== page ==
Earlier this year, when Ireland was in peak lockdown, I attended a virtual AGM to run for the humble position of third-year representative of DU PsychSoc. I gave my spiel to a patchwork of faces on a laptop screen, and I listened to other people’s speeches, some of which were rather garbled due to poor internet connections.
Technical issues abounded, but by this point in the pandemic, everyone was well accustomed to Zoom and its tendency to throw a tantrum in the middle of a call. In short, it was no skin off anyone’s nose to hold the society’s AGM virtually.
Back in March, the Central Societies Committee (CSC) postponed its own AGM – and, by extension, the election of a new committee – on the grounds that its constitution did not indicate how the committee should proceed if the meeting cannot be held in person.
The CSC spent much of the summer giving much-needed instruction and advice to societies. Emails sent to society committees were blunt about the slim possibility of the freshers’ fair going ahead, and provided assurance that societies’ rapidly changing needs would be met. The committee’s transparency and guidance came when Trinity was far from helpful in quelling students’ uncertainties about the year ahead.
But amidst all of this, the CSC appears to have been in blatant breach of its own constitution – its AGM is now more than six months overdue. During this time, societies had no choice but to hold their own AGMs virtually. The CSC was aware of this, having recommended Zoom as a platform. Furthermore, the committee’s current chair Lee Campbell did not clarify whether any members of the committee were no longer students in Trinity – in which case, the constitution states, they are “obliged to resign immediately”.
The CSC executive denies that the constitution has been breached – it said that “in virtue of Section 8, paragraph 6 [of the CSC constitution] which, in dealing with the general procedures for Motions at a General Meeting, refers to ‘those members of the Committee present, eligible to vote and voting’, and in virtue of Section 9, paragraph 1, subsection (i) which allows the transfer to another of a proxy vote in the instance that the entitled voter cannot attend a General Meeting”.
This, the executive said, means that “General Meetings of the Committee must be a physical gathering of members of the Committee”.
But surely casting a vote at a virtual meeting, on your own behalf, isn’t a proxy vote? If this is the CSC’s logic, does it follow that every society AGM held virtually – and every new committee – is illegitimate?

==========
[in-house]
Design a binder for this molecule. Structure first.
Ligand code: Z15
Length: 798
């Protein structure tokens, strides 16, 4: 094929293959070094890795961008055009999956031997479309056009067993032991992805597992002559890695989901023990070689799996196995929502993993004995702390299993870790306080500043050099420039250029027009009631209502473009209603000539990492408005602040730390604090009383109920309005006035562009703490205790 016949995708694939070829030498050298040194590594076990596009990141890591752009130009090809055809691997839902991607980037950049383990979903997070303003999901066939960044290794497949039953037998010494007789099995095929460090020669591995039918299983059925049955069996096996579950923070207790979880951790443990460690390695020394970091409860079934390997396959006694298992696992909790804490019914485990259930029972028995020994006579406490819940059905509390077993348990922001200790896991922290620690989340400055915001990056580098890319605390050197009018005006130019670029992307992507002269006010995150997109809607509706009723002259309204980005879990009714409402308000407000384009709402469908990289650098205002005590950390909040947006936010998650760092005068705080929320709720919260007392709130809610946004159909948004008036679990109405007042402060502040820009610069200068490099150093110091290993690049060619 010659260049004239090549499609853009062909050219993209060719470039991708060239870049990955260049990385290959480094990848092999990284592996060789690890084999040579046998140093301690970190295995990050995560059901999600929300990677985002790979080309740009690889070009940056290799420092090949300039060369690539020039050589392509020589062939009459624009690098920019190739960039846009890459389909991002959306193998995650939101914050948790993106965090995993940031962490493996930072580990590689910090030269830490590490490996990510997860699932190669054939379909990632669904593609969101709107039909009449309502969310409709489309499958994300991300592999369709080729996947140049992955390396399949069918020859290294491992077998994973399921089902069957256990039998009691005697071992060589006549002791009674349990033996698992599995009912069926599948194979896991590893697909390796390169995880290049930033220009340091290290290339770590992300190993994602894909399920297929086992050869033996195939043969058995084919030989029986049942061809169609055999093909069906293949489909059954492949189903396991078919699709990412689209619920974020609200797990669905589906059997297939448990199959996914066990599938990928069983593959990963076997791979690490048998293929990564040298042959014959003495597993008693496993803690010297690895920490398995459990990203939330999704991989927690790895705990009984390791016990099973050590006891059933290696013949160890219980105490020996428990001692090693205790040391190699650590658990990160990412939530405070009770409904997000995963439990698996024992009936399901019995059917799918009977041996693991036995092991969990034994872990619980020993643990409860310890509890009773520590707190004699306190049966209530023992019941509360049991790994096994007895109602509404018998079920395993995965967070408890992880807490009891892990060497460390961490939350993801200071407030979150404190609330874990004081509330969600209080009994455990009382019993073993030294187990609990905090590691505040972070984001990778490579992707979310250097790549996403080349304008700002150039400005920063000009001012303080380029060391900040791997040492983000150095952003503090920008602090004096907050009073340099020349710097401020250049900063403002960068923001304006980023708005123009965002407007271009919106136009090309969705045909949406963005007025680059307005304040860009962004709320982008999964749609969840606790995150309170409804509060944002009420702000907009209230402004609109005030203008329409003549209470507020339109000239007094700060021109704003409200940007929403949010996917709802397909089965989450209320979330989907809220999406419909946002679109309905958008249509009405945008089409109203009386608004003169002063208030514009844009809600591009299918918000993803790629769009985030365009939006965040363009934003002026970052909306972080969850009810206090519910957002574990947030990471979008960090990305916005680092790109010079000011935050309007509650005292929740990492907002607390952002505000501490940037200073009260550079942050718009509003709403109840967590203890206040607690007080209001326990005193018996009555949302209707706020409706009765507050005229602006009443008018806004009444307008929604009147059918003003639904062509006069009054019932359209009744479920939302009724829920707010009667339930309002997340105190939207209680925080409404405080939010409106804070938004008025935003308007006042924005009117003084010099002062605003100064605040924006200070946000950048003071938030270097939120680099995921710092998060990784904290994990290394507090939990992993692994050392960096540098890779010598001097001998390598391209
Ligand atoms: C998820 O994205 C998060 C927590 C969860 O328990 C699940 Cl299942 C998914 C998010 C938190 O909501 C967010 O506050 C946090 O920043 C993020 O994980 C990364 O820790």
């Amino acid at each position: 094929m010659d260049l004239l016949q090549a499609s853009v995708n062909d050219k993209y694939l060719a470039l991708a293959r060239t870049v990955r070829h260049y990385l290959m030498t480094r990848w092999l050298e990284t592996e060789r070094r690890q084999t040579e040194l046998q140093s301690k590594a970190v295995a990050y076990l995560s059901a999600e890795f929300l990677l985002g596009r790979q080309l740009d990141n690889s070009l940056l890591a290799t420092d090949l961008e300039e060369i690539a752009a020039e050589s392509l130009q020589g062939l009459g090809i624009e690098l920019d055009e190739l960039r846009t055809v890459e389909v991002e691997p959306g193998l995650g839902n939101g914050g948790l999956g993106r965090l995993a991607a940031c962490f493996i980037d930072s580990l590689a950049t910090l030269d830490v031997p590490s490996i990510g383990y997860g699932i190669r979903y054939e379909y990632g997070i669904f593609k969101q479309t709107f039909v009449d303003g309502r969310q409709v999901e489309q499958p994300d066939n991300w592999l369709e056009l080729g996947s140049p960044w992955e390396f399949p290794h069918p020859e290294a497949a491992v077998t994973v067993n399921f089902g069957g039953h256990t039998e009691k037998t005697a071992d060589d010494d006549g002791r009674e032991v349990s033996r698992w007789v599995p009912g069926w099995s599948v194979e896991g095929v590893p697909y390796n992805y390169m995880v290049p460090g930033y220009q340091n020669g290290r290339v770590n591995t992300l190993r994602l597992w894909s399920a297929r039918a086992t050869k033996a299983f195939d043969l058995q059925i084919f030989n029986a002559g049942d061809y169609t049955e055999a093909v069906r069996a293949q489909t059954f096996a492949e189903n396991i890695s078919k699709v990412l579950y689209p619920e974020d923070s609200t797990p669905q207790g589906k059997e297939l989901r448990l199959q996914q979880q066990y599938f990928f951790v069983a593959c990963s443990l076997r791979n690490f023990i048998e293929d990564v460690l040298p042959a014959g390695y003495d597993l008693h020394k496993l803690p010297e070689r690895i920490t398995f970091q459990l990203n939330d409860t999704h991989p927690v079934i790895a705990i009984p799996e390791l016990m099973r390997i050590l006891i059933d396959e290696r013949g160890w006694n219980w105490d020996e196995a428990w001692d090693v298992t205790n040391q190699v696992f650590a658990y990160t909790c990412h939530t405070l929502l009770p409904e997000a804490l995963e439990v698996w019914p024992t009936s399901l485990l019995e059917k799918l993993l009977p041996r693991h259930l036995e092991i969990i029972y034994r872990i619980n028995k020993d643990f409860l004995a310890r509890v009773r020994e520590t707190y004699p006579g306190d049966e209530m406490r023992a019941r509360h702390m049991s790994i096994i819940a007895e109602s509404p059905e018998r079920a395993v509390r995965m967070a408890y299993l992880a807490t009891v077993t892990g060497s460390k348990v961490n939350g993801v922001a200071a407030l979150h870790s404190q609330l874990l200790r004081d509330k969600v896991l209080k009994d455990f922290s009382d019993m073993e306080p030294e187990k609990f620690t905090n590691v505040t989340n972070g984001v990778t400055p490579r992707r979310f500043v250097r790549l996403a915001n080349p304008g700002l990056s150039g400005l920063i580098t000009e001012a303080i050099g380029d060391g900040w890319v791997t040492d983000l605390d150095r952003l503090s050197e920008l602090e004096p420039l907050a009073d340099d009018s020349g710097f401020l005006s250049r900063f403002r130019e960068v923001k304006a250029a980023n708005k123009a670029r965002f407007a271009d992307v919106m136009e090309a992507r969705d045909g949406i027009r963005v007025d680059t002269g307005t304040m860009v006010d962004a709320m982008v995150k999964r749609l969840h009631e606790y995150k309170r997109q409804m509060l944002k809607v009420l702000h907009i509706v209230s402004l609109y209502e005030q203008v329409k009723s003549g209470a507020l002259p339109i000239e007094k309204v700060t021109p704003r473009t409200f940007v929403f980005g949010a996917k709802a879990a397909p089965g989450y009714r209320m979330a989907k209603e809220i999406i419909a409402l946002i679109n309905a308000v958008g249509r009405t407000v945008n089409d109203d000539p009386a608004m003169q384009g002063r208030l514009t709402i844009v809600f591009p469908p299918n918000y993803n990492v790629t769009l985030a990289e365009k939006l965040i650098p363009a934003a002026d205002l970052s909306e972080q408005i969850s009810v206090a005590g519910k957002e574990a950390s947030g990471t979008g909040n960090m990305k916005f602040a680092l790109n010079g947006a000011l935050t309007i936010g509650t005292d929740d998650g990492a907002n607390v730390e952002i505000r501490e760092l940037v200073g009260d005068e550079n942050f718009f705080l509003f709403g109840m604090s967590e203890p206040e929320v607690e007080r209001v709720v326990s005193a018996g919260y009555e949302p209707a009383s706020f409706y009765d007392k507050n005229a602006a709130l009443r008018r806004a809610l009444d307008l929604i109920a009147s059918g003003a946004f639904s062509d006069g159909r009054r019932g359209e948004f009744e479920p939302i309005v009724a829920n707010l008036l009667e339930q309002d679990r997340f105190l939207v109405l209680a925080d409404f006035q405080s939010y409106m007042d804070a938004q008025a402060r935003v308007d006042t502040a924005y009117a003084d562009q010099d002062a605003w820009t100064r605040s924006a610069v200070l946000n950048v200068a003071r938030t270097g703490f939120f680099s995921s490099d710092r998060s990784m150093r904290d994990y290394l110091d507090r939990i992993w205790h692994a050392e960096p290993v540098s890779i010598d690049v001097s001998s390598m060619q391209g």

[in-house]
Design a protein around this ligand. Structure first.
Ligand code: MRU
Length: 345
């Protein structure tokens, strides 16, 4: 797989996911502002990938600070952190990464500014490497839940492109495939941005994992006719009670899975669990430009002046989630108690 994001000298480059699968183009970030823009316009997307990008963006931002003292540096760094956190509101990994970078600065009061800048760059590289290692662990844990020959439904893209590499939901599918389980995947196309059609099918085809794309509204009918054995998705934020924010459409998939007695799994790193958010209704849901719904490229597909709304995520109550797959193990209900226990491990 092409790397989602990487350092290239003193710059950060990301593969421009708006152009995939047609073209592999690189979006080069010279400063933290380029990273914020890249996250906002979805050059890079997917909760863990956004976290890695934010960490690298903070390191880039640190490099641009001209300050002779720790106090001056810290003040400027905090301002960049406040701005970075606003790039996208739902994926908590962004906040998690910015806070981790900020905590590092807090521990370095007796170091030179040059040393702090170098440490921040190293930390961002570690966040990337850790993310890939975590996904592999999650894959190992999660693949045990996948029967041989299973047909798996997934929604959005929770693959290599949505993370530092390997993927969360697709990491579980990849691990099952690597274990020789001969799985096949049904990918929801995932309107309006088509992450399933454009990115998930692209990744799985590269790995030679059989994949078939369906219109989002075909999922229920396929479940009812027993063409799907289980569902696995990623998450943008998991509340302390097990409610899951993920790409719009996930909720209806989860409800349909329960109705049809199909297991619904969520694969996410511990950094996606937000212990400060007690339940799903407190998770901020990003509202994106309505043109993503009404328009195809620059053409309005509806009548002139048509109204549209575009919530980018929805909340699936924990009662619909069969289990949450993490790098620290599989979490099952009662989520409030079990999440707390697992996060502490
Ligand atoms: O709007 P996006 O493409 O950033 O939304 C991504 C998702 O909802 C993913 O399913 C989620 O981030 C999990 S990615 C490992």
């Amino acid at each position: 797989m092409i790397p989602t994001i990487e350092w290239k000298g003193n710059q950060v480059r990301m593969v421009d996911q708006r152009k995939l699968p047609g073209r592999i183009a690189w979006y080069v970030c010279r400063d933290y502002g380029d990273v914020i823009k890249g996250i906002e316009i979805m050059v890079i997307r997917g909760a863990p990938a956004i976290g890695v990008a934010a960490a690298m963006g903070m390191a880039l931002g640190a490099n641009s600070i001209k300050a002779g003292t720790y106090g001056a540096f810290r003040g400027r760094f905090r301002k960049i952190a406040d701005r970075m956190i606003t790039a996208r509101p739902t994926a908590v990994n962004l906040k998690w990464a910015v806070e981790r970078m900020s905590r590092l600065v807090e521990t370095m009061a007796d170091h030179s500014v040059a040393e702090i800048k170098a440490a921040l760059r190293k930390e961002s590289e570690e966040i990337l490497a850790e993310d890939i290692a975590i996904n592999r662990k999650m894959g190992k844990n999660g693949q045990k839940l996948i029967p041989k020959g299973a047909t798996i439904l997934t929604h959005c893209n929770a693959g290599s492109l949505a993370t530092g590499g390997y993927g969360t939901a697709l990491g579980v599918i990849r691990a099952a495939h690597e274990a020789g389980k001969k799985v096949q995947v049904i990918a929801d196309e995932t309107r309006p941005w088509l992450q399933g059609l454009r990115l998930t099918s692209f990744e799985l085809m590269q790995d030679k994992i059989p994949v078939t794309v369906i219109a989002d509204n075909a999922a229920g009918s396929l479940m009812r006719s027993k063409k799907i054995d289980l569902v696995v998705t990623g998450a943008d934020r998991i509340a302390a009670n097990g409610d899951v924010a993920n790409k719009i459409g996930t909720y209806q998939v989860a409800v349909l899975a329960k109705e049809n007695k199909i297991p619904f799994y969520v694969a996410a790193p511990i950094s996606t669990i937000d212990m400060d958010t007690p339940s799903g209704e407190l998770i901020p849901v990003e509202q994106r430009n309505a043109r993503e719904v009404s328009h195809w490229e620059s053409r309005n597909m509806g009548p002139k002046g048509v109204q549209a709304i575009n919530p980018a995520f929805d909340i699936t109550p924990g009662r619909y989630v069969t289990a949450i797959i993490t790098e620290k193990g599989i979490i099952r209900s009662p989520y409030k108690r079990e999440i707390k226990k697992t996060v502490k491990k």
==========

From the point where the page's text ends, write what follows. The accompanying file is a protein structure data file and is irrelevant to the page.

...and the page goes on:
The email added that “the CSC Constitution does not have specific clauses to deal with the current set of circumstances”, and that “any point of clarification or interpretation of this Constitution which may be required shall be determined by the Executive”.
At this point in the year, it simply is not good enough for the CSC to throw its hands up and say that its constitution doesn’t have a “pandemic procedures” section. Talk of adapting to a “new normal” is so frequent that it has already become a cliché.
If the committee intends to wait until its AGM can be held in person, it won’t be held any time soon if the current limits continue on the number of people permitted to gather together indoors. The CSC’s defence of delaying its AGM is a poor justification that is, at best, hypocritical, at a time when societies have had to make major changes to their plans for the upcoming year – which were made, in many cases, on the CSC’s instruction. At worst, it represents the current committee’s disregard for its own constitution.
One of the sentiments that has become evident over the course of the current pandemic is the importance of leading by example. On both a local and national level, it’s become clear that a prime way to erode public trust is to create a discrepancy between “do as I say” and “do as I do”. The CSC has disregarded its duty to elect a new committee with no reasonable explanation as to why.
Furthermore, if the CSC is seen to be flouting the rules, I don’t see why societies wouldn’t be compelled to do the same. It’s been clear in recent months that public fury ensues when decision makers break the rules that they write – golf gate in Ireland and Dominic Cummings in Britain. Society morale could become very low if the powers that be are doing things one way while telling everyone else differently.
Societies are facing into an incredibly difficult year. They should not have to worry about whether the guidance and instruction being given to them is coming from an illegitimate committee.